Negotiation in the Street - Abstract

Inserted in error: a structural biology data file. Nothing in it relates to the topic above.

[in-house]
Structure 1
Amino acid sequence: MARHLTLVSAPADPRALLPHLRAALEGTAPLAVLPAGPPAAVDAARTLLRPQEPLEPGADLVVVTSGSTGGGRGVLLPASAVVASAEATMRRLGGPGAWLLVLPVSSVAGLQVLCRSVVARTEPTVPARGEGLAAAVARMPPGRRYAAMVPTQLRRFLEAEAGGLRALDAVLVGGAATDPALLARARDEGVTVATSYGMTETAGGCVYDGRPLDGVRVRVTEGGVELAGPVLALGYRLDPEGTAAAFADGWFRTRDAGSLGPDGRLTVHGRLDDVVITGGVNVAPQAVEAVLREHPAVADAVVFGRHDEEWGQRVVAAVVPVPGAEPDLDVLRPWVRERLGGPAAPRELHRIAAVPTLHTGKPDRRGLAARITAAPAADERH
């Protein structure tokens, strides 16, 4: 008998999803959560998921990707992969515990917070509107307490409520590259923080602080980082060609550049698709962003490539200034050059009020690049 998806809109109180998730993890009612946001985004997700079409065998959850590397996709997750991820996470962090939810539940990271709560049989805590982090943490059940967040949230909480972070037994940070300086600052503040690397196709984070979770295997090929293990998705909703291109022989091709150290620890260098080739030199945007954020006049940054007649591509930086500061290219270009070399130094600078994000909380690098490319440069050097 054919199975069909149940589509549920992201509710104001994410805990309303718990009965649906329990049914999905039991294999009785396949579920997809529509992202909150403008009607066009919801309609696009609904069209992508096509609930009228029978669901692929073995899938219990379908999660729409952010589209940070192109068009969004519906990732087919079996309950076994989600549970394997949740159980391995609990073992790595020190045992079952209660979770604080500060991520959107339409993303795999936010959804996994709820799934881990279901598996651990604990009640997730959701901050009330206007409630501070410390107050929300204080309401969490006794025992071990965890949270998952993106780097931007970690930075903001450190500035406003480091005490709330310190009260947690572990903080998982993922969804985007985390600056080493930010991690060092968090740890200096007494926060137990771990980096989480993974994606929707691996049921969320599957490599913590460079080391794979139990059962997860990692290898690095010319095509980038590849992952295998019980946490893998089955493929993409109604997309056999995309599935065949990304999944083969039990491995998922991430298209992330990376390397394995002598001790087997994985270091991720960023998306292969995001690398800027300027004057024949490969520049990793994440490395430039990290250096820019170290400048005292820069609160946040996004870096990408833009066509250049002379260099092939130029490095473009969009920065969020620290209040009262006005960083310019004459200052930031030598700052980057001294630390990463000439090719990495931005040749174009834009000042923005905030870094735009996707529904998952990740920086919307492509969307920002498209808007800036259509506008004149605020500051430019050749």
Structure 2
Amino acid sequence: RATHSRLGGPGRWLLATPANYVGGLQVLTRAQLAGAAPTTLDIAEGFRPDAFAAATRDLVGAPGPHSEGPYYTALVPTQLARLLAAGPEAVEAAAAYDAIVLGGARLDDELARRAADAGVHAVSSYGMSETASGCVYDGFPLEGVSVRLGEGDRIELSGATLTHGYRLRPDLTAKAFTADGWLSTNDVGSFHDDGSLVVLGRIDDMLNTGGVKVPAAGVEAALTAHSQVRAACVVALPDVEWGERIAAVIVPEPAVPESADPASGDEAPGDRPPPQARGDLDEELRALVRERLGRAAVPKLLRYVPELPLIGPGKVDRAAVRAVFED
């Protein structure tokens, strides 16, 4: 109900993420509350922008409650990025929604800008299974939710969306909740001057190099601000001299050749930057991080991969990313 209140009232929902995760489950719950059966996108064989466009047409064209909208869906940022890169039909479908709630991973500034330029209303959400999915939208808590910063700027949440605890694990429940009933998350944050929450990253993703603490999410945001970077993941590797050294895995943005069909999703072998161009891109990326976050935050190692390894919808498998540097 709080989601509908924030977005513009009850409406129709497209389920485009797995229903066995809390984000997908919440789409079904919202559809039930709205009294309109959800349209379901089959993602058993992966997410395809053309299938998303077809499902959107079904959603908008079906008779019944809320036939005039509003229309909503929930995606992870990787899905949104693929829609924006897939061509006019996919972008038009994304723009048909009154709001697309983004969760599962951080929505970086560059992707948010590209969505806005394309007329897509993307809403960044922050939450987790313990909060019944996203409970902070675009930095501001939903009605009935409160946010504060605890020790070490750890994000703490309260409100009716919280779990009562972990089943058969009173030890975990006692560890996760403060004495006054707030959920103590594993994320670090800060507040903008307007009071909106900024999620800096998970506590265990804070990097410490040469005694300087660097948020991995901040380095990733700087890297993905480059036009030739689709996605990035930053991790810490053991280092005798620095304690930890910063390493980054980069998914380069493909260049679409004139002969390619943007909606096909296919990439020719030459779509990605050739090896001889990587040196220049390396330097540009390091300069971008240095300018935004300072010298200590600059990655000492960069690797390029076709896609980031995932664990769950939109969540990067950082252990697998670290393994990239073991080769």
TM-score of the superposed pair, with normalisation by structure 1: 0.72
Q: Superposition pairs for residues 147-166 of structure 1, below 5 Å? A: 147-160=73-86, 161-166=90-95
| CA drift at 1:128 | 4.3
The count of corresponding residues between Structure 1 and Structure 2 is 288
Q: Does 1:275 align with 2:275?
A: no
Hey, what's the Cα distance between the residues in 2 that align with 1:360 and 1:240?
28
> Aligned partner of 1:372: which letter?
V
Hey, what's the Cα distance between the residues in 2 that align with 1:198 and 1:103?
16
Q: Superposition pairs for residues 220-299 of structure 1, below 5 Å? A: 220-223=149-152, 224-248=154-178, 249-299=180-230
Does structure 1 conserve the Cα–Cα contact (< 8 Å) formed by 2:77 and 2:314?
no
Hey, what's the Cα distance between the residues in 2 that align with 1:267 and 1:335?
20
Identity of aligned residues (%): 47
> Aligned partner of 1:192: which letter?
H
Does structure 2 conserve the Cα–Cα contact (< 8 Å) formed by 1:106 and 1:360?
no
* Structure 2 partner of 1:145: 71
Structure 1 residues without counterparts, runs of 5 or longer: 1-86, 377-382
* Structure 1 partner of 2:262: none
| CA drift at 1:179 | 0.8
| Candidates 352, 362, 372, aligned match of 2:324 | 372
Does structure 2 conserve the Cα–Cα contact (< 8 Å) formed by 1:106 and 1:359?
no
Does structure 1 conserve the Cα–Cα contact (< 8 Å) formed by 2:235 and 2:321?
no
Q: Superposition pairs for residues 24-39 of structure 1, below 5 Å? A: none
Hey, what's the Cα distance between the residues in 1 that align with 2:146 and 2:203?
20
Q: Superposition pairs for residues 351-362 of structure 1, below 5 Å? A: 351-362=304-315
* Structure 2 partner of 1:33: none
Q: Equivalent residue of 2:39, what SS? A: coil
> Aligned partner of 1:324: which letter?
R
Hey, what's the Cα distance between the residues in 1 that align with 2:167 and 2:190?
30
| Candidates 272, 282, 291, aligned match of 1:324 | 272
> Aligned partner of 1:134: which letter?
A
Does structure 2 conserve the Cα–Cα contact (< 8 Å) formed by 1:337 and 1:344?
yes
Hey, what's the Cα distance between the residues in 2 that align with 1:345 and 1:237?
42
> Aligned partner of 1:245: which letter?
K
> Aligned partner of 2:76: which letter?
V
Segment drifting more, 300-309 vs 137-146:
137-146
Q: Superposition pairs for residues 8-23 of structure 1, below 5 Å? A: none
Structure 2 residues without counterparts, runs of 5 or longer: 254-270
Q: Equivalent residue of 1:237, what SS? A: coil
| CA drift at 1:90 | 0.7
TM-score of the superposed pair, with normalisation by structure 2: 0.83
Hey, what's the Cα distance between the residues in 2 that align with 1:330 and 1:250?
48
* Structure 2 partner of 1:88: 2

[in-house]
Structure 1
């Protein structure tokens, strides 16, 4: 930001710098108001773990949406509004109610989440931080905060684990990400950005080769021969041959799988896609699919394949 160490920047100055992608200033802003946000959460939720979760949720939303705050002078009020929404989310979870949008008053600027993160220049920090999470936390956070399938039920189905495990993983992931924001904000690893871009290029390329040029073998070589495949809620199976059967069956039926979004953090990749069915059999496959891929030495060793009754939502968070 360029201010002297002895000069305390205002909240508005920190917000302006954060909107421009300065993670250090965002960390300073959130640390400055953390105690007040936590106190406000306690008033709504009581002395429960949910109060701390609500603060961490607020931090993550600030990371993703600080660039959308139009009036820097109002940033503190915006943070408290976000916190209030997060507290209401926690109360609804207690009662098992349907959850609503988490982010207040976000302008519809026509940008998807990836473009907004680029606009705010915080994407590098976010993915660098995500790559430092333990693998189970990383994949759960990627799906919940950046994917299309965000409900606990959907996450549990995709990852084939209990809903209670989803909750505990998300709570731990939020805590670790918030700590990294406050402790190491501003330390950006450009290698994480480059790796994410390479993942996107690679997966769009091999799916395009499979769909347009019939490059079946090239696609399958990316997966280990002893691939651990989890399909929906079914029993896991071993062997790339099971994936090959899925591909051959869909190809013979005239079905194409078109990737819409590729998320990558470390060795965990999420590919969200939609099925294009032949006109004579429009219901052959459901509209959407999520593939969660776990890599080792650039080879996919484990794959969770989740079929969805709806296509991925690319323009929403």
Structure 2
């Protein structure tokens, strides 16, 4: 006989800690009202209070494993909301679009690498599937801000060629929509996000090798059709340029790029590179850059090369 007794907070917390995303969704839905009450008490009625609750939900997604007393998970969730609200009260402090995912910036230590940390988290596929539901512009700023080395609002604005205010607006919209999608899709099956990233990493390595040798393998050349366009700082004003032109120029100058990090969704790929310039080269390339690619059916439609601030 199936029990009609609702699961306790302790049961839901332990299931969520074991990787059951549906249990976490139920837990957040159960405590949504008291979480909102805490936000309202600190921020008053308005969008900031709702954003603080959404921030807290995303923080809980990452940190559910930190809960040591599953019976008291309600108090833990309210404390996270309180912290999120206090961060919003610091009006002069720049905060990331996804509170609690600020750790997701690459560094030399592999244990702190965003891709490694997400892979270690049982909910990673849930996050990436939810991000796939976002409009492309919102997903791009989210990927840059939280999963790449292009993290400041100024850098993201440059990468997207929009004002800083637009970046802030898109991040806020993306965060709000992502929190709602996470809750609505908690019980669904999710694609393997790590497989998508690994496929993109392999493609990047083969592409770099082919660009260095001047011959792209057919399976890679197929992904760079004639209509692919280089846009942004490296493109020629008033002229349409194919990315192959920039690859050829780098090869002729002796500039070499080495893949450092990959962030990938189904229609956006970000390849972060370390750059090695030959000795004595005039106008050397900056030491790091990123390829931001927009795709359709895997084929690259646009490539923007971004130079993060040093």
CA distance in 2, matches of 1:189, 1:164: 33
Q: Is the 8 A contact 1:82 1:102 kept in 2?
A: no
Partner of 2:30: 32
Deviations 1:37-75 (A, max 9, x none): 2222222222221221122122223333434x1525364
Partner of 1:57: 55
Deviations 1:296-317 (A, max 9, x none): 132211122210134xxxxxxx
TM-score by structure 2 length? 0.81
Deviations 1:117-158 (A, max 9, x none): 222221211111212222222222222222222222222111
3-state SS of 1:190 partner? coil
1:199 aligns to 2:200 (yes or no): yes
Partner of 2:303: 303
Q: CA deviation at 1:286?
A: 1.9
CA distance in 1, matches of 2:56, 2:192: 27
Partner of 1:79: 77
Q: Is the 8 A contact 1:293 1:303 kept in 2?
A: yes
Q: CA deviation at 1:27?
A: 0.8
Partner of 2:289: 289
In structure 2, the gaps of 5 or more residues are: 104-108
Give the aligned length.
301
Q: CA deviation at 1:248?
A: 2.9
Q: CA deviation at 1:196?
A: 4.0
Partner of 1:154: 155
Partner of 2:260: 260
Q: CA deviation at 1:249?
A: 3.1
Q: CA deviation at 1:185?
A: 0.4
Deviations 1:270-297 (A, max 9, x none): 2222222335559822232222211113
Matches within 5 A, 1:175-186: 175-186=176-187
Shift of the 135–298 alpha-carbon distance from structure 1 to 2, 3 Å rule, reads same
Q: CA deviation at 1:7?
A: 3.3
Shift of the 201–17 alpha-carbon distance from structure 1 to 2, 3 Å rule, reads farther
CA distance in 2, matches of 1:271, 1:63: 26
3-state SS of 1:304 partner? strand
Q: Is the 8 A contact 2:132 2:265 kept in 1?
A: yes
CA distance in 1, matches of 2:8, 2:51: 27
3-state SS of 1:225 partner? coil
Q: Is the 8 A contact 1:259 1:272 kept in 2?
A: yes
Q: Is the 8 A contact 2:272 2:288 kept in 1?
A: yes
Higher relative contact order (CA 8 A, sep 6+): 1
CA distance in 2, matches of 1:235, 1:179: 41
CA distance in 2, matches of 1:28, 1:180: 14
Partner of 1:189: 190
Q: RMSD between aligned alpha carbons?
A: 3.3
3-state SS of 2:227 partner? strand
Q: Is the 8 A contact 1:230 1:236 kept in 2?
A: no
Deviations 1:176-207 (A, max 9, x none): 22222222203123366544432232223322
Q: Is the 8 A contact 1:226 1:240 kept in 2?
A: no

Stronger executive constraints may enhance a government’s leverage in international bargaining by justifying its firm stance. Yet, much work only considers the formal political institutions such as legislative checks on executive power or regime type while neglecting population-based constraints. Also, the audience costs literature does not provide significant analysis of how a government’s foreign counterpart will assess the credibility of the government’s attempts to signal its domestic audience costs. In this study, I confront these gaps focusing on popular protests as a non-institutional source of executive constraints and examining the foreign counterpart’s evaluation process. I ask: How do popular protests influence the government’s bargaining position in international crises bargaining? I argue that domestic protests can indeed enhance a government’s bargaining leverage at the international level, but only when the foreign counterpart finds the protests credible. The credibility of protests varies depending on the three factors: protest intensity, regime type, and the government’s repression level to the protesters. For the empirical analysis, I use a mixed methods approach. I test my theory using data on protests collated with Historical Phoenix Event Data. I analyze the effects of such protests on the outcome of crisis bargaining and territorial disputes negotiations by using the International Crisis Behavior (ICB) and Issue Correlates of War (ICOW), respectively. In the chapter of a case study, I explore how protests affected international bargaining between South Korea and Japan on Treaty on the Basic Relationship (1965).